[QODLink]
Asia-Pacific
N Korea's Kim 'nominates heir'
North Korean embassies reportedly told to pledge loyalty to leader's youngest son.
Last Modified: 03 Jun 2009 01:42 GMT
Secretive North Korea is ruled by the world's only communist dynasty [EPA]

Kim Jong-il, North Korea's supreme leader, has designated his youngest son as his heir continuing the line of succession in the world's only communist dynasty, South Korean media has reported.

According to the South's Hankook Ilbo newspaper recent communications to North Korean diplomatic missions have been told to pledge their loyalty to Kim Jong-un, 26, although there has been no indication of when a transfer of power can be anticipated.

Little is known about Kim Jong-un and no photographs confirmed to be of him have been released.

He is believed to have been educated in Switzerland and has not previously been known to hold any formal office.

A South Korea politician, who was reportedly briefed on the succession issue by the South's intelligence agency, confirmed Tuesday's newspaper reports.

Who is Kim Jong-un?

Aged 26, youngest of three sons known to have been fathered by Kim Jong-il.

 Born to former dancer Ko Yong-hi, who died in 2004.

 Educated at International School of Berne, Switzerland in 1990s under pseudonym Pak Chol.

 Reported to have studied English, German and French and to have been friends with the children of American diplomats.

Read more about Kim Jong-un

"I was notified by the South Korean government of such moves and the loyalty pledges," Park Jie-won, a member of the opposition Democratic party, said in a statement.

Park did not name his source, but the South's Yonhap news agency said Park was among a group of lawmakers briefed on Monday night by intelligence officials on the succession plans.

Yonhap quoted another source as saying the request for an oath of loyalty to Kim Jong-un came shortly after North Korea's nuclear test on May 25.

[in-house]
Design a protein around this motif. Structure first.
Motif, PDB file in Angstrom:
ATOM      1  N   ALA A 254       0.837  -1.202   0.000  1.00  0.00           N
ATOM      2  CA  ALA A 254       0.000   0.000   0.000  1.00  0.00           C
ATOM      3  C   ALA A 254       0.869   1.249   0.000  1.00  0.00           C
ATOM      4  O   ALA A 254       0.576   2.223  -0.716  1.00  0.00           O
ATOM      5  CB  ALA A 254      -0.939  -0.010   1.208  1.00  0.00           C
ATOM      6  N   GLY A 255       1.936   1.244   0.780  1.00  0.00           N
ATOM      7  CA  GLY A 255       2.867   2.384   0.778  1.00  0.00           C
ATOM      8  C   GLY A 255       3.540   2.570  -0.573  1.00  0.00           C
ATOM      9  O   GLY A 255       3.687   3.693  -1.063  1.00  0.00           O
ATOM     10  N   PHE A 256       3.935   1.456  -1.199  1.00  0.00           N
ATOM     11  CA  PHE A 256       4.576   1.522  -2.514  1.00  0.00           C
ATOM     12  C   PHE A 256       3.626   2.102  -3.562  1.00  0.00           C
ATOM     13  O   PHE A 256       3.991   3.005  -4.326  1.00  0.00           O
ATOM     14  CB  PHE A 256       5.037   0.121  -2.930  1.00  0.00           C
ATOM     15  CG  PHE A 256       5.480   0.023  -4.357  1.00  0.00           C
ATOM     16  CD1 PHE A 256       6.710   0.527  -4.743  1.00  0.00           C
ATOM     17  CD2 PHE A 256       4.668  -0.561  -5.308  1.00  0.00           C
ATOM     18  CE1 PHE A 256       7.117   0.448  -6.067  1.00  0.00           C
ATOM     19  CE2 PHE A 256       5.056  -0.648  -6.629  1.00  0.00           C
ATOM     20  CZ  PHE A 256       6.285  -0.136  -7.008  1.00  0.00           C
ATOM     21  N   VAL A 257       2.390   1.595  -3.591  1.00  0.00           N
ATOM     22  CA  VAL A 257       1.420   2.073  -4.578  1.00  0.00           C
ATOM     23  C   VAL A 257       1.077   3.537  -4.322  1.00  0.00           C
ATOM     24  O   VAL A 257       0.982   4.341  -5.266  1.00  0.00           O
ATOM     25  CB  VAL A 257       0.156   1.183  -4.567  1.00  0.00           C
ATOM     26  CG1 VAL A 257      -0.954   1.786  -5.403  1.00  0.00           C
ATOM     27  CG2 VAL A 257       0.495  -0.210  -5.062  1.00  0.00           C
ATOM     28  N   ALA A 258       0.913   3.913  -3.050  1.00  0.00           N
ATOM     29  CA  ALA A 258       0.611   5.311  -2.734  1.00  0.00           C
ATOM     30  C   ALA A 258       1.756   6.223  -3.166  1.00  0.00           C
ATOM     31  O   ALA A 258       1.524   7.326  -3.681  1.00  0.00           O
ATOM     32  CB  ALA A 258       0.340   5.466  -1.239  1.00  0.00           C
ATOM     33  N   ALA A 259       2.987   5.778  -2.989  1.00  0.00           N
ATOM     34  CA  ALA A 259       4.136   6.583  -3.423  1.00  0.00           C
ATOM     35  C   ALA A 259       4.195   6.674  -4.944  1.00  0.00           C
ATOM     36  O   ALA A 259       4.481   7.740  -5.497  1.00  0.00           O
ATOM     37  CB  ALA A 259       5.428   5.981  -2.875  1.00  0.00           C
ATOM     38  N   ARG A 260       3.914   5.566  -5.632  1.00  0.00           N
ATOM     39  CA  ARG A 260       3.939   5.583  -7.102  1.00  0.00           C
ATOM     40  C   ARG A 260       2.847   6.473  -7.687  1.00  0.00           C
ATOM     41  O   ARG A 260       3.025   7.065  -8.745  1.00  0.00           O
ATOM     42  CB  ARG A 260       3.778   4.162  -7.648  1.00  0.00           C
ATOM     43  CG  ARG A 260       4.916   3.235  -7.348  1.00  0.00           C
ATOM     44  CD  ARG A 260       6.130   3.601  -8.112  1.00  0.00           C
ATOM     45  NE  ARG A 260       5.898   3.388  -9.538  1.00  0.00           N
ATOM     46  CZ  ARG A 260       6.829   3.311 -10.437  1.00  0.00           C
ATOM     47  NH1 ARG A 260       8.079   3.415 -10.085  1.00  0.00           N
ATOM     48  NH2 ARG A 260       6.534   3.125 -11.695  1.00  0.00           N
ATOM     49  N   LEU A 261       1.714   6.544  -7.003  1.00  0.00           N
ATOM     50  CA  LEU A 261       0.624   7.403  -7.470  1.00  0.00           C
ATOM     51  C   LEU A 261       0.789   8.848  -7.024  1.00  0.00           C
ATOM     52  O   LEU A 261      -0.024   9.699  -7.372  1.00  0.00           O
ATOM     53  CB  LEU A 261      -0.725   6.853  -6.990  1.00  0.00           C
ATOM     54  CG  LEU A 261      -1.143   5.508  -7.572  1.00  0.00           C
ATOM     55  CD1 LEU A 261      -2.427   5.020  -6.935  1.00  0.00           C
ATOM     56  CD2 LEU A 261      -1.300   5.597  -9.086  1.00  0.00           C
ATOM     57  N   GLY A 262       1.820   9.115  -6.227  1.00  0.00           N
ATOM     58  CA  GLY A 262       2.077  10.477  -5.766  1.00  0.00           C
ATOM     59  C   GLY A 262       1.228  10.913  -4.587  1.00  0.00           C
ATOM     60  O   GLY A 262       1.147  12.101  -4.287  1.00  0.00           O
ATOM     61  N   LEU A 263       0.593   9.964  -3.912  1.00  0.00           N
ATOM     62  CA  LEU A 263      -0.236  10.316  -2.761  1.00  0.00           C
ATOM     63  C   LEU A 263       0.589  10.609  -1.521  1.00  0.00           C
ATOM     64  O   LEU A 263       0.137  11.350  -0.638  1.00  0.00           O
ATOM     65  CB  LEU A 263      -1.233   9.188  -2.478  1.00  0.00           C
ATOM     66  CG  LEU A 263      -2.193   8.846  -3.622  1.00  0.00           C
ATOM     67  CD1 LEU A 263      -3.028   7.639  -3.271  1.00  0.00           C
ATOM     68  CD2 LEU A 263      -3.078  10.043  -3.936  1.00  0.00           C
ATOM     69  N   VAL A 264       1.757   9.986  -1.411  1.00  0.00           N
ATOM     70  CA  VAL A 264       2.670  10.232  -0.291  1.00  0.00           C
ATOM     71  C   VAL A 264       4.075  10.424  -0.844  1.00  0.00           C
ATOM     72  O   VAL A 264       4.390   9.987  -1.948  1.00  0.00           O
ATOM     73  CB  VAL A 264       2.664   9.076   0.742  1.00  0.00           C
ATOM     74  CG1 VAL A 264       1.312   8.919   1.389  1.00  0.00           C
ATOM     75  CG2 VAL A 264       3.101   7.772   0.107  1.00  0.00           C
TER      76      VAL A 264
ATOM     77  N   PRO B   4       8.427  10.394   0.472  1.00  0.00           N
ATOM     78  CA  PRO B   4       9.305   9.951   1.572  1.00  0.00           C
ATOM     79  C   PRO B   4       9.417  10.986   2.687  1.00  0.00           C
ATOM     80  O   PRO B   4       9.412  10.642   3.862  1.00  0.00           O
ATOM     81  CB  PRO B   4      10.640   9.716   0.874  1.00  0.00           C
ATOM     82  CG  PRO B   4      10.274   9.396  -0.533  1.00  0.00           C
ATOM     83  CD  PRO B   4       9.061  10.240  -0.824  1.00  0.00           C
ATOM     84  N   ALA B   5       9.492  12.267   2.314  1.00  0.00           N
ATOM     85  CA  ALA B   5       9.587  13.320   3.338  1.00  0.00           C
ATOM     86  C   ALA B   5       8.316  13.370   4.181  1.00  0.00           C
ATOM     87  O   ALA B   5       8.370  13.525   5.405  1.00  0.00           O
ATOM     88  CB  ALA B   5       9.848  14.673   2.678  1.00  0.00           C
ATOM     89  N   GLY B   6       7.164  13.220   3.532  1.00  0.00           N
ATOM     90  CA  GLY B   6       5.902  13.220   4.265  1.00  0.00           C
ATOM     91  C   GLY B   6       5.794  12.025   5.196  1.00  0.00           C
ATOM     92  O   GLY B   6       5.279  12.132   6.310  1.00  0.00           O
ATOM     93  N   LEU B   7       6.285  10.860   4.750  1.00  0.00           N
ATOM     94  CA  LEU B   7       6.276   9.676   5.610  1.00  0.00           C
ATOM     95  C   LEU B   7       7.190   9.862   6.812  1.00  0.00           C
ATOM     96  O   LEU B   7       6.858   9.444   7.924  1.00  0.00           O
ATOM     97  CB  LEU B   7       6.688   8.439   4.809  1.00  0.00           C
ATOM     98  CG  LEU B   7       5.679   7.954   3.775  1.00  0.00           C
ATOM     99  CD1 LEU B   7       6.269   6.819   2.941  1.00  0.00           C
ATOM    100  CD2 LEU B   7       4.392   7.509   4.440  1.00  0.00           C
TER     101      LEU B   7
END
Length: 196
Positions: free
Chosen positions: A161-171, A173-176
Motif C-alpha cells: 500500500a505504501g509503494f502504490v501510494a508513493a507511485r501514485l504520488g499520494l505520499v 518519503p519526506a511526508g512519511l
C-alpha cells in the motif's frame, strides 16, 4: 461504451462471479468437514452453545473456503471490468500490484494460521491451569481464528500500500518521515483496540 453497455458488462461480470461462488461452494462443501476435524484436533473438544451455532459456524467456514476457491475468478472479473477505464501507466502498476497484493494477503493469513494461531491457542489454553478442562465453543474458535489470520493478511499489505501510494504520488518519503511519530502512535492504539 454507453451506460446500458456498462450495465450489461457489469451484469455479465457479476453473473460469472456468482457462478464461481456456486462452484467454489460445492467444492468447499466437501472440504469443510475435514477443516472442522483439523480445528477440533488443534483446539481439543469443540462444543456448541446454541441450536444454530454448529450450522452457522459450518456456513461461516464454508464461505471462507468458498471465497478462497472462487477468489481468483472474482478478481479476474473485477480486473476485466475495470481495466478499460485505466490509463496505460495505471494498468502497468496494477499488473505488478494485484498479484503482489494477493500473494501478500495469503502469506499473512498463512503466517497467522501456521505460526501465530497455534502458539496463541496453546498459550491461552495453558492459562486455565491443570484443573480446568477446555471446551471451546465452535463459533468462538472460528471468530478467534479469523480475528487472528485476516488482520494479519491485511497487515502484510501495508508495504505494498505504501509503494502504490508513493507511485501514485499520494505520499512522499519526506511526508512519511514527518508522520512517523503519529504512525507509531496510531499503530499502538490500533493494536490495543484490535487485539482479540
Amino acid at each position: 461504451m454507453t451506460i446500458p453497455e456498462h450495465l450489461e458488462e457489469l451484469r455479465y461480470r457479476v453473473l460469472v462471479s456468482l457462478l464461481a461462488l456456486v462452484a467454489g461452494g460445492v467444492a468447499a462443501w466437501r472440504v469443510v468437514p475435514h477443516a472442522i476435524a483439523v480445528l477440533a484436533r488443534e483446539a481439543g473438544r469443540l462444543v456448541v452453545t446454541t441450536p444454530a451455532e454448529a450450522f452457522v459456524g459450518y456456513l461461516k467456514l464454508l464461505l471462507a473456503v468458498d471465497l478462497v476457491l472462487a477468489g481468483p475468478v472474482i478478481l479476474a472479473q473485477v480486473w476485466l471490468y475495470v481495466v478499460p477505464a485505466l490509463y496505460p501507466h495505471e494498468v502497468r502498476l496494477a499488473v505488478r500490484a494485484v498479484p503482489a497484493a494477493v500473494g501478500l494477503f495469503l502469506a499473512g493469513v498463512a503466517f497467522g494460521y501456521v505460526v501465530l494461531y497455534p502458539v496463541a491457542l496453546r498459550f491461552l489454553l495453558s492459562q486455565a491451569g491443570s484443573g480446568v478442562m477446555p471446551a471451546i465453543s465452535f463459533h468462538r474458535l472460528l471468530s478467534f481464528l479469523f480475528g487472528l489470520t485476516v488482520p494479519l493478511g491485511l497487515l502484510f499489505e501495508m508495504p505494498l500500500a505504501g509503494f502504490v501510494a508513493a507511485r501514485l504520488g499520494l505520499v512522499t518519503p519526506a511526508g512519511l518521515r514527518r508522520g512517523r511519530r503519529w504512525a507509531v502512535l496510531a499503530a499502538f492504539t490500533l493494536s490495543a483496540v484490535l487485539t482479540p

The agency said Kim himself had credited the success of the nuclear blast to Jong-un, although no indication was given as to what role he may have had.

North Korea's state media has hailed the test as a crowning achievement of the "songun" or "military first" policy.

The elder Kim, now aged 67, is thought to have suffered a stroke last year and has been seen in public on only a few occasions since.

In depth


 North Korea's nervous neighbours
 
N Korea's nuclear trump card
 A state of war
 Timeline: N Korea's bomb
 Obama condemns 'reckless' N Korea
 N Korea nuclear test angers China
 World reaction: N Korea bomb test

Videos
 
Hans Blix on North Korea's nuclear fallout
 Double standards on nuclear weapons
 N Korea test raises regional tensions

He took over from his father, North Korea's founder Kim Il-sung, following his death in 1997 – although Kim Il-sung remains officially North Korea's "eternal president".

Speculation over Kim Jong-il's health and his likely successor has intensified following North Korea's recent nuclear and missile tests that have dramatically raised tensions in the region.

In April, it launched what it says was a satellite into orbit atop a three-stage rocket.

However, the US and its regional allies believe the launch was cover for a test of the North's longest-range missile.

Tensions increased further with last month's test of a nuclear device.

Kim's leadership succession plans – if there are any - are one of the most closely-guarded secrets in North Korea.

If confirmed, the choice of Kim Jong-un could bring potential problems in a society which traditionally places value on seniority.

He is the youngest of three sons Kim Jong-il is known to have fathered.

Analysts have said the North's recent military posturing may be a manifestation of Kim's efforts to solidify his powerbase ahead of formally naming a successor.

Source:
Agencies
Topics in this article
People
Country
Featured on Al Jazeera
Swathes of the British electorate continue to show discontent with all things European, including immigration.
Astronomers have captured images of primordial galaxies that helped light up the cosmos after the Big Bang.
Critics assail British photographer's portrayal of indigenous people, but he says he's highlighting their plight.
As Western stars re-release 1980s charity hit, many Africans say it's a demeaning relic that can do more harm than good.
Featured
Remnants of deadly demonstrations to be displayed in a new museum, a year after protests pushed president out of power.
No one convicted after 58 people gunned down in cold blood in 2009 in the country's worst political mass killing.
While hosting the World Internet Conference, China tries Tiananmen activist for leaking 'state secrets' to US website.
Once staunchly anti-immigrant, some observers say the conservative US state could lead the way in documenting migrants.
NGOs say women without formal documentation are being imprisoned after giving birth in Malaysia.